Discover how Dacorum’s largest Roman villa evolved

Reconstruction drawing of the Gadebridge Roman villa by David S. Neal.
Reconstruction drawing of the Gadebridge Roman villa by David S. Neal.

Dacorum has the sites of several Roman villas within its boundaries, but the largest of them was discovered in 1963 when the new Leighton Buzzard Road cut through its outer walls.

The villa is located on the slopes of the hill above the river Gade near Galley Hill.

It covered an extensive area of about 900 square metres with a large bathing pool lying off on its east side, part of it lying under the modern road.

Excavations were carried out under the direction of Dr David Neal FSA between 1963 and 1968, with the greater part of the costs being borne by Hemel Hempstead Borough Council.

The excavation revealed that there had been a series of seven periods of history on the site.

The earliest phase, Period I, was a timber house built around AD 75, only 32 years after the Roman Conquest, and it had a three-roomed bathhouse nearby.

A little later, in Period II, some additional services were added to the bathhouse.

Later in the second century, in the reign of Antoninus Pius (AD 138 to 161, Period III), the timber building was demolished and a new winged corridor house built, using masonry, having upper storeys on the south-east wing only. The lower level was a semi-basement.

A new wing was constructed on the west side of the bathhouse.

In Period IV farm buildings were constructed on two sides, forming an outer courtyard and the bathhouse was enlarged.

In the early fourth century (Period V), the villa was extensively modernised by the addition of rooms, new farm buildings and a gatehouse.

The improvements included connecting the bathhouse with the villa.

By around AD 325 (Period VI) a large bathing pool had been added to the bathhouse, its huge scale suggesting that it might have become the primary attraction of the establishment.

Five broad steps led down into the pool bathing pool, which was 12.20m wide and 20.98m long (40ft x 68ft 6ins) – the largest private pool known in a Roman villa in England.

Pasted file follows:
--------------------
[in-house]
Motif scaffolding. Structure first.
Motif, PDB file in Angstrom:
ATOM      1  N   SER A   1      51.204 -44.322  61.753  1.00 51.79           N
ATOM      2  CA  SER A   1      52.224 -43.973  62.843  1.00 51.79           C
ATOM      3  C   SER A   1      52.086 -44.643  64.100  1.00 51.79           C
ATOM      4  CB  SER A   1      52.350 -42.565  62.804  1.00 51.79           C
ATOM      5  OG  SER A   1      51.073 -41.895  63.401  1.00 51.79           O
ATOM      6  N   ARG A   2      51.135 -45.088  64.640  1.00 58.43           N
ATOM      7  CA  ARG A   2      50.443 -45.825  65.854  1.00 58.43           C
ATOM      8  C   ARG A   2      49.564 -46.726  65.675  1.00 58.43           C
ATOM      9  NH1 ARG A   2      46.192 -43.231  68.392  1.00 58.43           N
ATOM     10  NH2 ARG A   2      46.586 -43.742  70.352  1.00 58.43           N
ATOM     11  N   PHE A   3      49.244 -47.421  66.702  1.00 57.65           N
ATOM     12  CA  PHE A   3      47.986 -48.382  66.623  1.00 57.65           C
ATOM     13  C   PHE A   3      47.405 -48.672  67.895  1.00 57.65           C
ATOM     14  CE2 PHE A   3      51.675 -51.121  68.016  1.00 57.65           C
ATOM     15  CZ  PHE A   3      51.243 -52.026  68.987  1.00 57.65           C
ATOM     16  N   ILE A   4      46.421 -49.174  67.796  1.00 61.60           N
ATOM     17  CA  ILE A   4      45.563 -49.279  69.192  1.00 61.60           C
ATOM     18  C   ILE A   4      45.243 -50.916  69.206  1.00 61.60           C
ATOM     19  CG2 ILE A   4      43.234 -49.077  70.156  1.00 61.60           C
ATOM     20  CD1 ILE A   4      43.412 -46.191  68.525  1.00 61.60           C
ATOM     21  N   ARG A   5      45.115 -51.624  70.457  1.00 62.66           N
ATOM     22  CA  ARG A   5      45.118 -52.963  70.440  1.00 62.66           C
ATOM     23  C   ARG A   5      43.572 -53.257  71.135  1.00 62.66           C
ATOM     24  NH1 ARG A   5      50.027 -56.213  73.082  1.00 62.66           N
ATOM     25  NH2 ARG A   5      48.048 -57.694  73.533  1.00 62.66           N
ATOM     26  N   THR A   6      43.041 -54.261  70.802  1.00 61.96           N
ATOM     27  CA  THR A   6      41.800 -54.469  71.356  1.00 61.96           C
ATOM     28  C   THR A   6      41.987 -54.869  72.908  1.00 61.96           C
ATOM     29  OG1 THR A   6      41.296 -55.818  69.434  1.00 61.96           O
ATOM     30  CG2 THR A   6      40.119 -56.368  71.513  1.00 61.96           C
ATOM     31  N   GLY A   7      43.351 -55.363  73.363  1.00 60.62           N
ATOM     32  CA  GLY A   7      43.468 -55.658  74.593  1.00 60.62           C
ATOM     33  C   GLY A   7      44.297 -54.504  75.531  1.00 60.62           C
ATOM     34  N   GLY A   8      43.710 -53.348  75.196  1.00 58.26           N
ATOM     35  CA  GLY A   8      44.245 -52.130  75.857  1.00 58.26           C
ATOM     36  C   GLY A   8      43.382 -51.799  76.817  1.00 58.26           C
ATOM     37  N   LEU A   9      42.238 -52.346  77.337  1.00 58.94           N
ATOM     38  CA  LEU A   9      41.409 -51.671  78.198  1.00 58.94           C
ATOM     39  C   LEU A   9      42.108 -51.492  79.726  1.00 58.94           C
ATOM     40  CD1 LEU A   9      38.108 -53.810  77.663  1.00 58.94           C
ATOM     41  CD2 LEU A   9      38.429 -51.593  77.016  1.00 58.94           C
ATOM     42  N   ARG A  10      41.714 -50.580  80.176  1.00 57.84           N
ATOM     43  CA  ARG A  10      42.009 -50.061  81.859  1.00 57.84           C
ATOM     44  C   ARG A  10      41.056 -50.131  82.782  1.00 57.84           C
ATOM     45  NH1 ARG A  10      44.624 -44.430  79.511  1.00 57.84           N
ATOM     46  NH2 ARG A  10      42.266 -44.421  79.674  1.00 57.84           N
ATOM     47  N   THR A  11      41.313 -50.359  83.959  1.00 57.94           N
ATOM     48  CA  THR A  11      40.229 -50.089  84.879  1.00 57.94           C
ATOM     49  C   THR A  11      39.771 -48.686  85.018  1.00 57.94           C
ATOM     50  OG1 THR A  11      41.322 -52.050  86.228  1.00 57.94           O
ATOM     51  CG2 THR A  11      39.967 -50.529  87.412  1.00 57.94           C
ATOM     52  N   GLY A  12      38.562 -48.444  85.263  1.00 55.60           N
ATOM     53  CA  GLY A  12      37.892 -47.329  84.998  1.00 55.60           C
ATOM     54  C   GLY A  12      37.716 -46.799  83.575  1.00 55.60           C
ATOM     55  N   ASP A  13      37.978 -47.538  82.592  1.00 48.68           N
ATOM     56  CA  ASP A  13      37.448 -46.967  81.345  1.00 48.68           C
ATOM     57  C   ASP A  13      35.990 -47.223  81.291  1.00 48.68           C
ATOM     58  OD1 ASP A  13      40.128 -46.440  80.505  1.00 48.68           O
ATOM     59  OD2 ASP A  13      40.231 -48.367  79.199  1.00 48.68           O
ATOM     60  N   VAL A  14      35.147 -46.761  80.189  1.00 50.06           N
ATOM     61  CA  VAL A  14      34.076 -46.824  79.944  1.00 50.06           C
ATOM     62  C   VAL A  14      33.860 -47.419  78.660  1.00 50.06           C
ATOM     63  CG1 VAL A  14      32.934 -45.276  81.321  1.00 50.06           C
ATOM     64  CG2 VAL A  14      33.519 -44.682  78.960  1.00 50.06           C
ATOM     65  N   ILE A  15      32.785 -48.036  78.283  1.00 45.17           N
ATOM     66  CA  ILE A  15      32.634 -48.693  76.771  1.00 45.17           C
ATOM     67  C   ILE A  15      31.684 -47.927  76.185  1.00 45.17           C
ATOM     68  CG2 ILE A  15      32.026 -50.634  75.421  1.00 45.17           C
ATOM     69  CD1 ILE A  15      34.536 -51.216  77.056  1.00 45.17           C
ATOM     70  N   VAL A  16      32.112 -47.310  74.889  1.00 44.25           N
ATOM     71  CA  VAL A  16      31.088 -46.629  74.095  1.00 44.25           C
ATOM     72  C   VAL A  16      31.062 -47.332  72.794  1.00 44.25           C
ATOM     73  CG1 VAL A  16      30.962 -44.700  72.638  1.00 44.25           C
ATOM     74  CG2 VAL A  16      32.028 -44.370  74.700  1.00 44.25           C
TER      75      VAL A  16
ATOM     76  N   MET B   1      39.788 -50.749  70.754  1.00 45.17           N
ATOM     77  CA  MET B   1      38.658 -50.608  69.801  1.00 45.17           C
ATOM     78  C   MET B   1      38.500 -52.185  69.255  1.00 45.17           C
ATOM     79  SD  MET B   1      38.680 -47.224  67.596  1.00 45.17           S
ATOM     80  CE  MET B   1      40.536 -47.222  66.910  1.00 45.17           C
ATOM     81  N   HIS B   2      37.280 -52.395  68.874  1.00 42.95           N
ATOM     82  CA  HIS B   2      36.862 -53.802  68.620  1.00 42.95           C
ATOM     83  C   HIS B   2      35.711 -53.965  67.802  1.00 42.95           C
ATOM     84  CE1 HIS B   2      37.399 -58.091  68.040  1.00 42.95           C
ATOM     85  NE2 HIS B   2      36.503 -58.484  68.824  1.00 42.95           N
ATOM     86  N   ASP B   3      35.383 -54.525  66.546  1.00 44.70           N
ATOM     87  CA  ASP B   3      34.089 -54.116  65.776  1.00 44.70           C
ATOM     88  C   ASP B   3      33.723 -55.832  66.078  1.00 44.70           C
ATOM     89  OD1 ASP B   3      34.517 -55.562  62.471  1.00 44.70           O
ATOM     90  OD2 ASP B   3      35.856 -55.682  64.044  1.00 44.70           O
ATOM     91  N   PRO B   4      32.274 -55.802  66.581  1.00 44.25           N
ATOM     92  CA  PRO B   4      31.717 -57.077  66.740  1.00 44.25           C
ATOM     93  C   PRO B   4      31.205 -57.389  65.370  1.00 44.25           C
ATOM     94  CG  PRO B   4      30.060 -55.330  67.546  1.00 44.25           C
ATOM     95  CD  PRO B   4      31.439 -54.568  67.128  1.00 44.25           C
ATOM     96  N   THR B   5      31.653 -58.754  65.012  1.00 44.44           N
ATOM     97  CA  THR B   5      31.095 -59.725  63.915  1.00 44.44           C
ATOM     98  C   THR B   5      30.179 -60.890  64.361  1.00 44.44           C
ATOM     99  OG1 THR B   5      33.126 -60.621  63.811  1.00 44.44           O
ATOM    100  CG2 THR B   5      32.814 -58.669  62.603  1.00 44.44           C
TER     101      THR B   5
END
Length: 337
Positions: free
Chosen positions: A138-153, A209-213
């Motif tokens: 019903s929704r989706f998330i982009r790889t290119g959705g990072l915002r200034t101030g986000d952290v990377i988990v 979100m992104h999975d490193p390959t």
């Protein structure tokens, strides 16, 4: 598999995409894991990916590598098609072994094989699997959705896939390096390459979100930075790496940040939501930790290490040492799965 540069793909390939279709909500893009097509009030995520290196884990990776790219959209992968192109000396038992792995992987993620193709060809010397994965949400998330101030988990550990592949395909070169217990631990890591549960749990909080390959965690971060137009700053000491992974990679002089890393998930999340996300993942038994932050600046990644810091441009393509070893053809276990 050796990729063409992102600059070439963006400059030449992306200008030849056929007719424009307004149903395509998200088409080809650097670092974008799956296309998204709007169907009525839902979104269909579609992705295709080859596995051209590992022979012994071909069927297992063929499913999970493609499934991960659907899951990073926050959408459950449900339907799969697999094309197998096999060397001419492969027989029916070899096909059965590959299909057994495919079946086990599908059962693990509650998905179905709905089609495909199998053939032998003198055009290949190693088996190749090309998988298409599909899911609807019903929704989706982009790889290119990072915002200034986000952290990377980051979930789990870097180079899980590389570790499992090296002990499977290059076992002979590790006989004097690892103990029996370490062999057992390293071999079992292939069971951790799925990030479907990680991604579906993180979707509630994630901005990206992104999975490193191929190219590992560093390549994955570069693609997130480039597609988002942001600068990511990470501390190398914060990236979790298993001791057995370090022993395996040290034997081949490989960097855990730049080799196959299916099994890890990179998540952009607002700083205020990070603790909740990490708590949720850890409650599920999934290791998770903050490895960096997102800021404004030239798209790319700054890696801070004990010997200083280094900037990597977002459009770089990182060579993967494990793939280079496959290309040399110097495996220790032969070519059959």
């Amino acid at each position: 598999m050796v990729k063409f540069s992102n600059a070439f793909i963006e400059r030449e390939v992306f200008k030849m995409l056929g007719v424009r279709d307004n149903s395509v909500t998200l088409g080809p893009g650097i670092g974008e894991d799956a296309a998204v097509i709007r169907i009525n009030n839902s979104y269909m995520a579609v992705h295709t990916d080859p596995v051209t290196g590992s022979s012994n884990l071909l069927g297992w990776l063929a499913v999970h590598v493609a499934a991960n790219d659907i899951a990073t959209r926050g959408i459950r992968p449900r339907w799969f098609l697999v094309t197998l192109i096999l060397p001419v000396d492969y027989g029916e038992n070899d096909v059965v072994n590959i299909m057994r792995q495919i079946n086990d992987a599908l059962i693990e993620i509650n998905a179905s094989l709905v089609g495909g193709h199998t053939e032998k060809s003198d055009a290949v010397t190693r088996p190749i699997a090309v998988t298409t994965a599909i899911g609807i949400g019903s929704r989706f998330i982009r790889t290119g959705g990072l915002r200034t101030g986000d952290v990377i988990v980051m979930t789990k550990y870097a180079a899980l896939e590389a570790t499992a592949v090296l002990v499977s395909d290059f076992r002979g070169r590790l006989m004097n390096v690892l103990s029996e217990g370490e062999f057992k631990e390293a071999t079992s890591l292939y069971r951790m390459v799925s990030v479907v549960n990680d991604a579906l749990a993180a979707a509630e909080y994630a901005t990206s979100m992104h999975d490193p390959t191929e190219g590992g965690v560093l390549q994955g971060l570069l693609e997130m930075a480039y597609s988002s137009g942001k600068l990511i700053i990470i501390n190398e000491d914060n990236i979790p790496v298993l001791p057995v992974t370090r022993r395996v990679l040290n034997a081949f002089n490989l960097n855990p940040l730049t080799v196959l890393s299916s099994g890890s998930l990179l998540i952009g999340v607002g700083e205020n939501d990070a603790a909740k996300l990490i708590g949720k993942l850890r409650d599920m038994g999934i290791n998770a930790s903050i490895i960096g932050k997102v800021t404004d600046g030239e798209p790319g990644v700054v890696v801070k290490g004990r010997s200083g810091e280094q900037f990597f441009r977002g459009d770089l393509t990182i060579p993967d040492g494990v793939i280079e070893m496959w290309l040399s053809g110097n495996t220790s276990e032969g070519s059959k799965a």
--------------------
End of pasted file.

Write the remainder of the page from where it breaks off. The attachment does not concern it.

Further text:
In fact, it was only slightly smaller than the famous Great Bath in the temple at Bath, known to the Romans as Aqua Sulis.

Only a few years later, in the mid-fourth century (Period VII), the baths and the villa appear to have been deliberately demolished because stockades and cattle pens were built over the earlier buildings

Occupation continued until the late fourth and possibly into the early fifth century AD.

The destruction of the villa and the termination of dating evidence from coins appears to coincide with the end of the reign of the usurper emperor Magnentius (AD 350-353).

It has been suggested that the owner of the villa may have been pro-Magnentius and suffered the consequences of being on the wrong side. Dr Neal returned to the site in August 2000 as part of a millennium project to clear up a few outstanding questions.

What had originally been thought to be an external chalk floor was proved to be the floor of a timber round house; a porticus linked the villa with the baths and, most remarkably, evidence was found for a possible bathing pool predating the great swimming pool.

Volunteers from the Berkhamsted and District Archaeological Society carried out the later excavations and funding and support came from Dacorum Borough Council and other local firms sponsors.

A scale model of the villa in its heyday was made and is held in the Dacorum Heritage Trust Museum Store, and the site has returned to grass land.

> The 1963 to 1968 excavations were published as a large research report of the Society of Antiquaries in 1974, and the later excavations in The Antiquaries Journal, volume 81, 2001.